FDA, ASHP Actions to Prevent or Manage Chemotherapy Drug Shortages
The ASHP, in collaboration with the University of Utah Drug Information Service, maintains an ongoing list of medications on shortage.
Every other week is seems like another chemotherapy drug is unavailable due to a shortage. What is being done about these? — Name withheld on request
The frequency of drug shortages can be frustrating, and especially concerning when chemotherapy agents are involved. A 2017 survey conducted by the Institute for Safe Medication Practices (ISMP) indicated that 66% of respondents were affected by drug shortages on a daily basis, with 55% reporting a shortage of 21 or more drugs within the previous 6 months.1
The American Society of Health-System Pharmacists (ASHP), in collaboration with the University of Utah Drug Information Service, maintains an ongoing list of medications on shortage and also tracks statistics on this. In 2017, 146 medications experienced a new shortage (in addition to any that may have remained on shortage prior to January 1).2 Some of the medications most frequently affected are intravenous products and include electrolytes, antibiotics, CNS medications, and chemotherapy.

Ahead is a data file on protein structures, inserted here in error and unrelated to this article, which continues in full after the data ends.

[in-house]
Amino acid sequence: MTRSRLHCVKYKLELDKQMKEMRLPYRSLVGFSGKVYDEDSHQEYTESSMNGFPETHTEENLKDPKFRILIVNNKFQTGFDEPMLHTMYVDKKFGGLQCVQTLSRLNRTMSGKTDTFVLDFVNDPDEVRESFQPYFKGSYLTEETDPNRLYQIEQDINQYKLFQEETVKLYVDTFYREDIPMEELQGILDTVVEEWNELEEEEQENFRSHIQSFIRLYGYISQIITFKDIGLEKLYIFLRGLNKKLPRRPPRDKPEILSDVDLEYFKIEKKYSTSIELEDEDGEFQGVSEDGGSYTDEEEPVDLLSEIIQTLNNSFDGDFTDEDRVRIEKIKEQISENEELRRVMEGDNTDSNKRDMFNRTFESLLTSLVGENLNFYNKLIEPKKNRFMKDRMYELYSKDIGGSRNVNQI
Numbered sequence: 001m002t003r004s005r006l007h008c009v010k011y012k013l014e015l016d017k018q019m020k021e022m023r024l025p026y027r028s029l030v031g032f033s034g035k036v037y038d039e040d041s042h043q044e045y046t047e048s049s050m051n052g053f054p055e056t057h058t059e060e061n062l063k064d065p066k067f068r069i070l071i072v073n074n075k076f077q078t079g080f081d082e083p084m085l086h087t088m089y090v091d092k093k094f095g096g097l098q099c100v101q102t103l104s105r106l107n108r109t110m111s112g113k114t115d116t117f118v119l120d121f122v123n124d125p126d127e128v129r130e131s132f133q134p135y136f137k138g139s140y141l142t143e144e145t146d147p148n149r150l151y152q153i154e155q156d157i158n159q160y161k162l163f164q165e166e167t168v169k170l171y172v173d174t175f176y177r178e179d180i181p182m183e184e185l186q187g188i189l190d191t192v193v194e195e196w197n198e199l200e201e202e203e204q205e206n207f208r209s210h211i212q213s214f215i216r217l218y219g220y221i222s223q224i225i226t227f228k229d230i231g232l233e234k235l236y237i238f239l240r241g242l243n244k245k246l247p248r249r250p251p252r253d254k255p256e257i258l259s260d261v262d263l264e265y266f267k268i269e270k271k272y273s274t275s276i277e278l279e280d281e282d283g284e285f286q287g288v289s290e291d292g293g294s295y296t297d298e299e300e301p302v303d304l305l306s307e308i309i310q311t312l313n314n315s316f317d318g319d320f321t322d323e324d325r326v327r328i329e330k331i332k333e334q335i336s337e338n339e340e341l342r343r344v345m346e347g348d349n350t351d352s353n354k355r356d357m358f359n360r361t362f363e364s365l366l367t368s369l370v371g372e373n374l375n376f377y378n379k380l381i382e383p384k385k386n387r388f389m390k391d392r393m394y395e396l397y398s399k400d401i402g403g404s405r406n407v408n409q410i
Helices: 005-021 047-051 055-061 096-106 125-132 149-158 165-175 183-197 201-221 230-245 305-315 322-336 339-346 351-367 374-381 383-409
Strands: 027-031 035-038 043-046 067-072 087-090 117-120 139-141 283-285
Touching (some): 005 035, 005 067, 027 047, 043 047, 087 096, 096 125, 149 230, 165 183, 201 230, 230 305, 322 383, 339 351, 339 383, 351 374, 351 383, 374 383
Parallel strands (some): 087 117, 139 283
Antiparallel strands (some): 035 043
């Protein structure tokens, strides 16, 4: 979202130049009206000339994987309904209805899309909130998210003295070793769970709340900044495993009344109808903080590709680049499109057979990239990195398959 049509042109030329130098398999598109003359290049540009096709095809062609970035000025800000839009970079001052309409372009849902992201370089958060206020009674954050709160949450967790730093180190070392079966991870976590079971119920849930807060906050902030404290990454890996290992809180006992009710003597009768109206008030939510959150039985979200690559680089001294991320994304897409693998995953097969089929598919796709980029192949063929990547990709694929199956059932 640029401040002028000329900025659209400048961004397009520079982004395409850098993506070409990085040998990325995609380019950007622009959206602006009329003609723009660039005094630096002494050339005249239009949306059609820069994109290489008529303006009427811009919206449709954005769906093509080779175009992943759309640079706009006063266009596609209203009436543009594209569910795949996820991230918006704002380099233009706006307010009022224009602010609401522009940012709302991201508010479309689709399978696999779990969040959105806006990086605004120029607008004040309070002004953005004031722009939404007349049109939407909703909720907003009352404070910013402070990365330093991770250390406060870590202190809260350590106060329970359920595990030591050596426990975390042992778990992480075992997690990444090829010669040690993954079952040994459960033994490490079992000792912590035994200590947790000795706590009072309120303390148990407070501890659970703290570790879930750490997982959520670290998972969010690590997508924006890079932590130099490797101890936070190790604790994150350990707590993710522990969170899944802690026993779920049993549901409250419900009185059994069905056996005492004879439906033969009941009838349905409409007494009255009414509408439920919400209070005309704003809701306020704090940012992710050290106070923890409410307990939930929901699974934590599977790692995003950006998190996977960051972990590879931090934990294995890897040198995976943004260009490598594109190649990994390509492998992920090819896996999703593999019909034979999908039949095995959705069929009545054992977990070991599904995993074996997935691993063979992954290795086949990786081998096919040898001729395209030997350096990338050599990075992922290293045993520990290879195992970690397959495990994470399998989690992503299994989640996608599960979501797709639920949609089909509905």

The reasons for medication shortages vary. Some, such as the recent IV fluid shortage, are the result of natural disasters in Puerto Rico, where many of these products are manufactured. More frequently, shortages are due to manufacturing issues affecting medication quality, supply/demand imbalances, or shortages of raw materials needed to manufacture the medication.
The Food and Drug Administration (FDA) and ASHP both maintain information on ongoing medication shortages. The FDA website maintains a list of medications on shortage with a focus on medically necessary drugs with the potential to affect public health, while the ASHP website lists every shortage reported to them as soon as it is confirmed. Both sites contain information about expected duration of the shortage as well as information on alternate suppliers, when available.